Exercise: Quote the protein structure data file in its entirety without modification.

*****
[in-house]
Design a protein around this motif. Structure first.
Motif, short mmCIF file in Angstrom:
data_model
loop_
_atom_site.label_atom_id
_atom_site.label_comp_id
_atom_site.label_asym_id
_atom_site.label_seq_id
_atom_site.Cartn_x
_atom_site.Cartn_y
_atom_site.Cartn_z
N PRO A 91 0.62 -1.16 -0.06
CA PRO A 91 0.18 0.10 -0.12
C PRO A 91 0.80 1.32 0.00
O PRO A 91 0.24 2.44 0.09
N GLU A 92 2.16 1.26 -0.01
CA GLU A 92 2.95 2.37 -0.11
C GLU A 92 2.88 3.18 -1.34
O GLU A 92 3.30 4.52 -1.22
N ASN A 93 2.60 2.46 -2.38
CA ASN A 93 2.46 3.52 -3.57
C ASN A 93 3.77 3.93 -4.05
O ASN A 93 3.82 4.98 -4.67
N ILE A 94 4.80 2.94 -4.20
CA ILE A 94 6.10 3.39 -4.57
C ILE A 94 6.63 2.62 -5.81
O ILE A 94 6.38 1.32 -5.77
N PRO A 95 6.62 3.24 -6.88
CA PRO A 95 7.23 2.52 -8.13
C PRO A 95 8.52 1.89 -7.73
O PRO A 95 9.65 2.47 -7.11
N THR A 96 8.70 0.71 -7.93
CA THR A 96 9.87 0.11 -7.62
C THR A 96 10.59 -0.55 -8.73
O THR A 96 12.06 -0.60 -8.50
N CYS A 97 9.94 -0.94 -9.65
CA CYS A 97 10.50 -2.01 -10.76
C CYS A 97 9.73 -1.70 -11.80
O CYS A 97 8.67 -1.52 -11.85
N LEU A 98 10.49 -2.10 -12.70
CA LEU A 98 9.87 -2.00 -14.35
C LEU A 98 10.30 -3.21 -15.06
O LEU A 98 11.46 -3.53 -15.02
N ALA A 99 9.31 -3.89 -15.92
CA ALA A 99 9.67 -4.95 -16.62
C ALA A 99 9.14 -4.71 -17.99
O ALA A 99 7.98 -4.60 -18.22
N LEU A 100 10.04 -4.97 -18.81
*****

[in-house]
Design a protein around this motif. Structure first.
Motif, short mmCIF file in Angstrom:
data_model
loop_
_atom_site.label_atom_id
_atom_site.label_comp_id
_atom_site.label_asym_id
_atom_site.label_seq_id
_atom_site.Cartn_x
_atom_site.Cartn_y
_atom_site.Cartn_z
N PRO A 91 0.62 -1.16 -0.06
CA PRO A 91 0.18 0.10 -0.12
C PRO A 91 0.80 1.32 0.00
O PRO A 91 0.24 2.44 0.09
N GLU A 92 2.16 1.26 -0.01
CA GLU A 92 2.95 2.37 -0.11
C GLU A 92 2.88 3.18 -1.34
O GLU A 92 3.30 4.52 -1.22
N ASN A 93 2.60 2.46 -2.38
CA ASN A 93 2.46 3.52 -3.57
C ASN A 93 3.77 3.93 -4.05
O ASN A 93 3.82 4.98 -4.67
N ILE A 94 4.80 2.94 -4.20
CA ILE A 94 6.10 3.39 -4.57
C ILE A 94 6.63 2.62 -5.81
O ILE A 94 6.38 1.32 -5.77
N PRO A 95 6.62 3.24 -6.88
CA PRO A 95 7.23 2.52 -8.13
C PRO A 95 8.52 1.89 -7.73
O PRO A 95 9.65 2.47 -7.11
N THR A 96 8.70 0.71 -7.93
CA THR A 96 9.87 0.11 -7.62
C THR A 96 10.59 -0.55 -8.73
O THR A 96 12.06 -0.60 -8.50
N CYS A 97 9.94 -0.94 -9.65
CA CYS A 97 10.50 -2.01 -10.76
C CYS A 97 9.73 -1.70 -11.80
O CYS A 97 8.67 -1.52 -11.85
N LEU A 98 10.49 -2.10 -12.70
CA LEU A 98 9.87 -2.00 -14.35
C LEU A 98 10.30 -3.21 -15.06
O LEU A 98 11.46 -3.53 -15.02
N ALA A 99 9.31 -3.89 -15.92
CA ALA A 99 9.67 -4.95 -16.62
C ALA A 99 9.14 -4.71 -17.99
O ALA A 99 7.98 -4.60 -18.22
N LEU A 100 10.04 -4.97 -18.81